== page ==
Earyn Wheatley & Deanna Ogle, Day 2
Welfare Food Challenge – Charity or Justice?
Yesterday was our first day of the challenge but not our first day of work in preparing food. We bought dried black beans as part of our staples to help provide a bit of protein. We soaked the beans and put them in a slow cooker overnight together with a few slivers of onion, garlic, dried chilies and a portion of our canned tomatoes. We went to sleep confident that we were totally on top of the food situation.
I woke up early to review my notes for a presentation only to realize that, horrors, the beans weren’t done. Without cooked beans I wouldn’t have lunch. Panic set in! I transferred the beans to a pot to boil and made breakfast and a backup snack of a boiled egg each. I can assure you that a watched pot boils.
Earyn and I are already worrying whether or not we will have enough food. We are watching portions and checking in with each other about how much beans we expect to go through in a day. We have no extra. This stresses me out. My stepfather and younger siblings are Lakota and I was raised in an Aboriginal household. I always consider sharing food with friends as part of my food purchases and menu planning. I am considering how poverty and scarcity stress relationships of sharing. I will still offer food to guests but will anyone be excited to accept my rice and beans? Poverty can mean that the gifts that we have to give are not necessarily the gifts that our mainstream culture considers worth receiving.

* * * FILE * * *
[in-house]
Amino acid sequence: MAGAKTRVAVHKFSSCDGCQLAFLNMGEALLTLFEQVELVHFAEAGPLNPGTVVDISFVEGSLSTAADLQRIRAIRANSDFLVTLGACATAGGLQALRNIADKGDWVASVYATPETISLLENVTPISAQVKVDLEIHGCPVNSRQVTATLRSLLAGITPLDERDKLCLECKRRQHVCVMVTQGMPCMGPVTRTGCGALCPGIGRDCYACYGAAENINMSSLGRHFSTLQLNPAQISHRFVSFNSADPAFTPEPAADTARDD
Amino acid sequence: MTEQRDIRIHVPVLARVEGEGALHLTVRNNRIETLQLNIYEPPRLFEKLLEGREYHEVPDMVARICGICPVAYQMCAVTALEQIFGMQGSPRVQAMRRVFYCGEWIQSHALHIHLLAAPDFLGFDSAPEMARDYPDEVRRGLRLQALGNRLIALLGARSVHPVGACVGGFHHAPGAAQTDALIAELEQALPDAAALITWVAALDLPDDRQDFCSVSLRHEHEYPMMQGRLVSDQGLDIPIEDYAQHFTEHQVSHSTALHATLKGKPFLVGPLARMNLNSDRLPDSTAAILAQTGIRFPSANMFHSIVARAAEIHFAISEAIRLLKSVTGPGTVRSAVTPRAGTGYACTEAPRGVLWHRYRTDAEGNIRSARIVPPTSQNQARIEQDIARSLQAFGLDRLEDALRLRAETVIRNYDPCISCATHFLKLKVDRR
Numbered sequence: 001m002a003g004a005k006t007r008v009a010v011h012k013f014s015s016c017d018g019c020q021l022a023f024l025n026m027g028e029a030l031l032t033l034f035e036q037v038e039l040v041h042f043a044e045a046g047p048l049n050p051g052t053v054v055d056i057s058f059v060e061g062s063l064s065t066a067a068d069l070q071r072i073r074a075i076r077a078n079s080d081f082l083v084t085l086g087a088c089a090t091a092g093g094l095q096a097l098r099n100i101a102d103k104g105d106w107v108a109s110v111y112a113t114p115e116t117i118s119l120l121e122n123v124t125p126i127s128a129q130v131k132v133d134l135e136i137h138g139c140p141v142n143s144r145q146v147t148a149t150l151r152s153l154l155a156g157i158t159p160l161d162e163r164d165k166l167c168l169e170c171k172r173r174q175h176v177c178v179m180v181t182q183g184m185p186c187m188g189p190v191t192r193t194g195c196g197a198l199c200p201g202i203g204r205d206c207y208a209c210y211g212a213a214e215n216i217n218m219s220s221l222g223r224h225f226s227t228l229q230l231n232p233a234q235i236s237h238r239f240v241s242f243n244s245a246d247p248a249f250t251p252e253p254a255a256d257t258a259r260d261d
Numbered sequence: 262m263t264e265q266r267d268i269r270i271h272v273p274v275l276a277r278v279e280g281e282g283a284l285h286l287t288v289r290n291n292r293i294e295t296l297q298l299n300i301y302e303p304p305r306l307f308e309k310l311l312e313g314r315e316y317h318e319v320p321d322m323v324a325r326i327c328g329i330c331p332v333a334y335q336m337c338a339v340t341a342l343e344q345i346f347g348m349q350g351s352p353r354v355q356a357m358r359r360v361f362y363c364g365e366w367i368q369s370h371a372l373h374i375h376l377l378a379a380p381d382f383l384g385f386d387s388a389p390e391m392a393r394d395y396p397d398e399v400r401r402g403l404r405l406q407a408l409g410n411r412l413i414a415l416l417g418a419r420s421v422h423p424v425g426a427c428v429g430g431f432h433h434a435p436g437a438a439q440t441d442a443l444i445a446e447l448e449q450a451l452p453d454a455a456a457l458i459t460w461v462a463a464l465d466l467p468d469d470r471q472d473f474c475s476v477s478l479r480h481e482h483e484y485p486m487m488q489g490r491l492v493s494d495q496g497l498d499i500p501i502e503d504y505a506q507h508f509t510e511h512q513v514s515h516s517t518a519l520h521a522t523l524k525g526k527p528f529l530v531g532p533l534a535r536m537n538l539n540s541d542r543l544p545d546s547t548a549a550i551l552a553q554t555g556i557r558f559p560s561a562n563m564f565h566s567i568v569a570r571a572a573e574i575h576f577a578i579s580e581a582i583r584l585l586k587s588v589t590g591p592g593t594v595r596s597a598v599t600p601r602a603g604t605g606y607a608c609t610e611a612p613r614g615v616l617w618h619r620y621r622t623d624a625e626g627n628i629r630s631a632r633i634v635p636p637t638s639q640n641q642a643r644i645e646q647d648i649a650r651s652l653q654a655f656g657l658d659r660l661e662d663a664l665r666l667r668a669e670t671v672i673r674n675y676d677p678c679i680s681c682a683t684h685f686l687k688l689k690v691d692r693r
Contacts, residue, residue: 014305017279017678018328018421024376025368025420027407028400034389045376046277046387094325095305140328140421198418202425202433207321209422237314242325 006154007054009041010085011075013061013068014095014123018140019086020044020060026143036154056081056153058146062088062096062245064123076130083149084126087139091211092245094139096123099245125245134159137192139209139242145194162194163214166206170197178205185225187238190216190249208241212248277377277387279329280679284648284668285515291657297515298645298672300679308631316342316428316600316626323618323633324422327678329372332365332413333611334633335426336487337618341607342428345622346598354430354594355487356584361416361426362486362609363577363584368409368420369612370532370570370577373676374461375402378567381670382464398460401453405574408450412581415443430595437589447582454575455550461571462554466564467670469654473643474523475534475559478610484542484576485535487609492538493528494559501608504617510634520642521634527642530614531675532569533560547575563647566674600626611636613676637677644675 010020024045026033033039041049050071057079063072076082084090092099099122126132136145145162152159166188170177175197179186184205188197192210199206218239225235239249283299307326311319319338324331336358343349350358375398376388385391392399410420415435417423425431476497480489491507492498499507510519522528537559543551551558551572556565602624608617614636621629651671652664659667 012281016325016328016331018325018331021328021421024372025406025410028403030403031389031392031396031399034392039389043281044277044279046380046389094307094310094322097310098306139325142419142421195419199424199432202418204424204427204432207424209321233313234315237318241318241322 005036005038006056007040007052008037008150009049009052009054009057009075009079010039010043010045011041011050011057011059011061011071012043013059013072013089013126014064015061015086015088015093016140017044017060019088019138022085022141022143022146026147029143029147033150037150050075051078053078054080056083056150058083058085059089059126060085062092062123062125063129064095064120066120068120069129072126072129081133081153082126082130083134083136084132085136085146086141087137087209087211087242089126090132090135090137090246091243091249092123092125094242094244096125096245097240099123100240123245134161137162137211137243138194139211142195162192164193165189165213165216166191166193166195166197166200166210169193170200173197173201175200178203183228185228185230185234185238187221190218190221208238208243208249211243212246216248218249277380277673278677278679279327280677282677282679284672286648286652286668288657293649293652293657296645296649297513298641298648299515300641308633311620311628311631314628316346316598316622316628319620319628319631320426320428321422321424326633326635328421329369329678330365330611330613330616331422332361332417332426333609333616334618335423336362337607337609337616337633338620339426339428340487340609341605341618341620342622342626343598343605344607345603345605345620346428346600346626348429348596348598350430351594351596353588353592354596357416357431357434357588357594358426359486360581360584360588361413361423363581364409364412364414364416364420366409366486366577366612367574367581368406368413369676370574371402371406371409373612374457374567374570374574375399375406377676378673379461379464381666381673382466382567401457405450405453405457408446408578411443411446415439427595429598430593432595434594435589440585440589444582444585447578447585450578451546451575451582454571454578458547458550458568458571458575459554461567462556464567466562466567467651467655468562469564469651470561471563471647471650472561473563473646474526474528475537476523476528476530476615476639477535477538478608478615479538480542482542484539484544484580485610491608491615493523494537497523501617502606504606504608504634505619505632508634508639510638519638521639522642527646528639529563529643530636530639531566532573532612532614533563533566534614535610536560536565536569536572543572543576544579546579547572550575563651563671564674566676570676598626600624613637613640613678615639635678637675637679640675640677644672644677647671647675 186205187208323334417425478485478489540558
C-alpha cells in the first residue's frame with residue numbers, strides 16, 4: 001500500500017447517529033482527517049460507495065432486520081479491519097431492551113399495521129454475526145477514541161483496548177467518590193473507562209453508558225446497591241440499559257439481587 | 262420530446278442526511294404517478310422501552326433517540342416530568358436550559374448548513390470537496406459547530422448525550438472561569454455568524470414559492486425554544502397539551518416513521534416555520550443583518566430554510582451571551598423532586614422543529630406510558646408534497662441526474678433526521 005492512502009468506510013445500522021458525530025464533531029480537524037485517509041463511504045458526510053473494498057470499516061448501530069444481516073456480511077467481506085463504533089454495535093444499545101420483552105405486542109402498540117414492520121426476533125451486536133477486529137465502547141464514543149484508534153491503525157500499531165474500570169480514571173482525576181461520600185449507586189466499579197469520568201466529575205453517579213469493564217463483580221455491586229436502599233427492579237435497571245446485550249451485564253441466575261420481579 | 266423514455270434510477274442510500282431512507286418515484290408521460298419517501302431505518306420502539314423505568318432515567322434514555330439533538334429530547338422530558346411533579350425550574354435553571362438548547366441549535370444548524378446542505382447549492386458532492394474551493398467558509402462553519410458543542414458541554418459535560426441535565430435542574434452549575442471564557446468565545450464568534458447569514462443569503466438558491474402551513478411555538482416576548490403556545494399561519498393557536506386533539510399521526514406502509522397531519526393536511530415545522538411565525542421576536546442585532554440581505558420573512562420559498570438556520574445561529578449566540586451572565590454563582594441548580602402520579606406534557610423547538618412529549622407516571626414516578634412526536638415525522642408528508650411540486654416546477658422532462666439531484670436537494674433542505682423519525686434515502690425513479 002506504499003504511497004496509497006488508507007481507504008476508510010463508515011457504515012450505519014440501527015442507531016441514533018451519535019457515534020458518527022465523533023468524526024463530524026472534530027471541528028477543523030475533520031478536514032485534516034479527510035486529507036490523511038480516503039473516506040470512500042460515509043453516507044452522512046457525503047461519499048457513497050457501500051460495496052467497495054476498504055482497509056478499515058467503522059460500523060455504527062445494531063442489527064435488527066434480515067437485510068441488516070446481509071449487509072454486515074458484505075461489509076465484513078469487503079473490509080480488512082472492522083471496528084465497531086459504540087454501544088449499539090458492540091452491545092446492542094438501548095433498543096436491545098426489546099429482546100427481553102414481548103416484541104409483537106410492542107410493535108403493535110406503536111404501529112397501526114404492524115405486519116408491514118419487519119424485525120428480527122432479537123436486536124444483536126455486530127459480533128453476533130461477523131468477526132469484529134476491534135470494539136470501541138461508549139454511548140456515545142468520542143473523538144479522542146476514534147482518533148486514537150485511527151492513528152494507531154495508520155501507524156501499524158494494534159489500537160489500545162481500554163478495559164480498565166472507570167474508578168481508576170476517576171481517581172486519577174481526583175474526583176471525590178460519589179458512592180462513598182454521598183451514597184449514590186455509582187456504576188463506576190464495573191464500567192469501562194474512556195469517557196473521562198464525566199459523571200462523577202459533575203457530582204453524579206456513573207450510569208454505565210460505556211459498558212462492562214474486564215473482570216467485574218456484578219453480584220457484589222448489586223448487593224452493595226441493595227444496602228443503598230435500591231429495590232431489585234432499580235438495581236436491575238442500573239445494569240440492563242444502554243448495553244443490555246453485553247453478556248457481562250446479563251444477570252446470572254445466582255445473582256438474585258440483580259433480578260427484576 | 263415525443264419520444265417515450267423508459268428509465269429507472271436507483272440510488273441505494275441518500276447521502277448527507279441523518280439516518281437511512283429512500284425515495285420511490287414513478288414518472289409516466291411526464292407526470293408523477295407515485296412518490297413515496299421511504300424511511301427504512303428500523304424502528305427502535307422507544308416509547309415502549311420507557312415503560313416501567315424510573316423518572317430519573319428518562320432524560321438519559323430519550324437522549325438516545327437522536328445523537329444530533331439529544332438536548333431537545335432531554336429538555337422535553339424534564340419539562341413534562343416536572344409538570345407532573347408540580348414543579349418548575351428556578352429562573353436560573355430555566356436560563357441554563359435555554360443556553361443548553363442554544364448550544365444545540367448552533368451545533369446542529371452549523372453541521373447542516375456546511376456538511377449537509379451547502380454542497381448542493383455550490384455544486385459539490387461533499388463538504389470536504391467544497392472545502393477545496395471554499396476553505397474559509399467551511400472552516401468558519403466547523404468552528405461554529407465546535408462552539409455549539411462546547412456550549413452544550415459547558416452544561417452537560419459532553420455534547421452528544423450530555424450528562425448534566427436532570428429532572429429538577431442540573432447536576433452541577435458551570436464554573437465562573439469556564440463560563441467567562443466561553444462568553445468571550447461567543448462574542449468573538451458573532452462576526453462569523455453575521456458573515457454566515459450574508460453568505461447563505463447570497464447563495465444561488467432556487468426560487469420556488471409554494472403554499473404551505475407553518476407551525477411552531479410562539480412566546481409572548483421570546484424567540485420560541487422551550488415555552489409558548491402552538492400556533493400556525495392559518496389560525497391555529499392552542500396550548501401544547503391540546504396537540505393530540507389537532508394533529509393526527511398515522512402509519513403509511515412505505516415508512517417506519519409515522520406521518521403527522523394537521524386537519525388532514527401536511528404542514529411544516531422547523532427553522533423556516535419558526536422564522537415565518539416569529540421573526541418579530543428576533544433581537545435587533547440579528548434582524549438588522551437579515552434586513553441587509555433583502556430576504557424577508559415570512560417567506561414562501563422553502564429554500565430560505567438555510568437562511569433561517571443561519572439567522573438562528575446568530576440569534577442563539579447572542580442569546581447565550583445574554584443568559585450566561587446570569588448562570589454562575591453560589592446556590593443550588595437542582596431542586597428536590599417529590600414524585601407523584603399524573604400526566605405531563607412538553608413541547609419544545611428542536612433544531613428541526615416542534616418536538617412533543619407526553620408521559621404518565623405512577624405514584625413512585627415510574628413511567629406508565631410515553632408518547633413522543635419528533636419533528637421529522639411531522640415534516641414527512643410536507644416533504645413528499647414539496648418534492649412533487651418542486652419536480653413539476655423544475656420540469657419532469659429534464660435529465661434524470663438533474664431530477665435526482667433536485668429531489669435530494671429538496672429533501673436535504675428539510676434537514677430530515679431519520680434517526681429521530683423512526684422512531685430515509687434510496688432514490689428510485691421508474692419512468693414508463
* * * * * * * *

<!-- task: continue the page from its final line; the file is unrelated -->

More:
This is the thought that I am sitting with today: how poverty combines with social exclusion to form shame.
This is precisely why we need to move beyond a model of charity to justice. Charity is a model where individuals in poverty are expected to receive without actively participating in determining the nature of the gift. What is actually needed and do we listen when people in poverty voice their real needs? Justice is a model where we each recognize our inherent humanity and agree that we each have a role to play in our communities.
Did you know that the Downtown Eastside far outstrips the rest of Vancouver in its rates of volunteerism and that BC is the most generous province in terms of how much we give to charitable organizations? It is clear that all of our communities have gifts to offer.
The challenge we face as a society in moving towards a model of justice is to work to ensure that all of our gifts are received and shared in a way that allows all voices to participate in determining what we need. This will require the participation of our provincial government. We are the last province in Canada without a poverty reduction strategy. We need a plan!
Check out the BC Poverty Reduction Coalition’s educational materials for schools on Rethinking Giving for tools to combine Justice with any Food Bank Drives you or your company might be organizing this winter: bcpovertyreduction.ca/campaigns/rethinkgiving